On our collective wellbeing

Ogden Nash’s ditties are my favourite to inject levity and often insight into situations. Amongst others, he wrote:

Do not tell your friend
About your indigestion.
“How are you?” is a greeting,
Not a question.

This causes much cultural confusion.

In Germanic cultures, if they ask you how you are, it is deemed impolite if, despite looking miserable, you say something upbeat. In modern day Britain, “Good weekend?” isn’t an invitation to launch into a great story about your barbecue party but an acknowledgment of each other and the correct answer is “Could have been worse” or something similarly dour.

As many around the world pay tribute to much-loved chef Anthony Bourdain, who committed suicide a year ago, I am not ashamed to admit I thought of Ogden Nash.

Did anyone ask Bourdain how he was? Did anyone wait to listen to what he did and did not say?


Ogden Nash was wrong. “How are you?” is a question and we need to rethink it all.


Whenever a well-known person kills himself or herself, many discussions erupt on the nature of depression, its invisible nature, whether it is a personal failure or something else, why so many rich and famous are killing themselves.

There is often little thought given to our own role as individuals in not listening to the sounds of silence among our own friends and family.

Bourdain wrote in his book Medium Raw that he was regularly suicidal after his first marriage ended, and that his “nightly attempts at suicide ended” when he met a woman in London. These words were all there for us readers to see.

Did we actually see them as we skimmed through his book?

Do we notice things?

Do we listen without looking at our phones?

Do we equip ourselves with the right words to ask without enabling someone to clam up?

Do we know how not to tell others to experience something by projecting how we might handle something?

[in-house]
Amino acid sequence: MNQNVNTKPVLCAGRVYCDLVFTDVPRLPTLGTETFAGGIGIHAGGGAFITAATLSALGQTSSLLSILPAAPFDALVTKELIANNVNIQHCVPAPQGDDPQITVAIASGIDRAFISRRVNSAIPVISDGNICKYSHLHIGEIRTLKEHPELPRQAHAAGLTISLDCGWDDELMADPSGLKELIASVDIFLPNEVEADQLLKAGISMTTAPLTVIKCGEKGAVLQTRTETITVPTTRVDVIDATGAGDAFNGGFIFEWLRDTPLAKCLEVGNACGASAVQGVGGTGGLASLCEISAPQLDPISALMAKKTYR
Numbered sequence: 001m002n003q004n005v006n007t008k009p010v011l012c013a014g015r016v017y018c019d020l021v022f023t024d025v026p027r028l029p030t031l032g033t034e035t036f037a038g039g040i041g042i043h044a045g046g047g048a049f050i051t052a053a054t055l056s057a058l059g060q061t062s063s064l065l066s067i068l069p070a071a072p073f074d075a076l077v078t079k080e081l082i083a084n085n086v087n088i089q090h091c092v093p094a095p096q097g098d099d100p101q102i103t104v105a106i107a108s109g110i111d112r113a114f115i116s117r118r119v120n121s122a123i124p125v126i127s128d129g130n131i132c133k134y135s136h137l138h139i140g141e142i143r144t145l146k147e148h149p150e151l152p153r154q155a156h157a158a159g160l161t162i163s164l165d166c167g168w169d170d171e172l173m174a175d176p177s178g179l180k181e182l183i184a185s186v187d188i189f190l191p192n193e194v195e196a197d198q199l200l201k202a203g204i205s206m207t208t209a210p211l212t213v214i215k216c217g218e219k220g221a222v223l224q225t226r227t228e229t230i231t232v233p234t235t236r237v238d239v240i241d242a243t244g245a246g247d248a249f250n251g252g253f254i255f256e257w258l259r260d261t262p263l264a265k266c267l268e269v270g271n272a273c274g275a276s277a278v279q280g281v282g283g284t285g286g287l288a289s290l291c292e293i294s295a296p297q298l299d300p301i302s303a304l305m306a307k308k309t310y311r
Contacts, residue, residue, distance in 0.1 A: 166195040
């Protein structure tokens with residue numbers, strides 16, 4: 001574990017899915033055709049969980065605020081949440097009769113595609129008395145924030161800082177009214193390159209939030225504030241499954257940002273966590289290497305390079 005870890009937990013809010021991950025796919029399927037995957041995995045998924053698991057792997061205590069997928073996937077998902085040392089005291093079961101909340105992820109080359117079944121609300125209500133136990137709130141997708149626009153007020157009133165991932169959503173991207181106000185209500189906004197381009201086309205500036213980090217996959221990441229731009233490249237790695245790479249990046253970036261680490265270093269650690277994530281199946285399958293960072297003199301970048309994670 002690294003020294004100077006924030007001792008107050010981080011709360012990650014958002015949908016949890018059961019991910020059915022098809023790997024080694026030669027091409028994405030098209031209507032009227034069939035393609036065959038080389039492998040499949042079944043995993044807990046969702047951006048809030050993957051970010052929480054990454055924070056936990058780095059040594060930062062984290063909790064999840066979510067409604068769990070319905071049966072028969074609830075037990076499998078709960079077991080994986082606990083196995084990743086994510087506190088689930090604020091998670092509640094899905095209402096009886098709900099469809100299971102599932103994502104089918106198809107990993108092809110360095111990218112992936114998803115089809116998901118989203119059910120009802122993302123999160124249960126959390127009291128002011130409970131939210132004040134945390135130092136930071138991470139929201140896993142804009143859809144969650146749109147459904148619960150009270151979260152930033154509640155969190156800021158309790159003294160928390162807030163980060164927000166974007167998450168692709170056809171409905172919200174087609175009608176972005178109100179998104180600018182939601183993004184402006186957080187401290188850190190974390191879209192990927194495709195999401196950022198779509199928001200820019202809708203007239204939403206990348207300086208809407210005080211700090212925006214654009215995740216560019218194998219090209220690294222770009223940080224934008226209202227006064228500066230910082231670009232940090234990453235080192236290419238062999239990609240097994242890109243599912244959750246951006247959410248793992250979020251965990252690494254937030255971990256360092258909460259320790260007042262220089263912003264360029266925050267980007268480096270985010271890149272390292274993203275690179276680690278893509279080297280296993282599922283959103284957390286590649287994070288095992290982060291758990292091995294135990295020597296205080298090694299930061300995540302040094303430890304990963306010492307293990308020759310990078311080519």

Do we know how to help?

Will we hang around while they seek help?


Do we shore up our own psychological resources?

Do we know ourselves well enough to know how we manage our even keel?

Celebrity deaths foster chatter but in my mind, with an awareness of suicide contagion, there is concern as I look around at my own friends and colleagues.

Which among my own set of people is about to act similarly?

Do I know how to read the signs?

How would I help someone with suicide ideation? Especially if they have been talking about it? Am I listening?

Someone had been telling me for months and I had not dealt with it well except nudging them to seek help because I felt they wanted to be heard without having to scream!

Over time I have learnt to nudge people towards therapy, some sort of regular and intense physical work such as yoga or swimming or running, some charitable work, and most importantly, making myself available as much as I can and listening.


In most high income countries, men commit suicide at rates 3x higher than rates at which women commit suicide.

While suicide rates are falling in India and China, they are rising in the USA.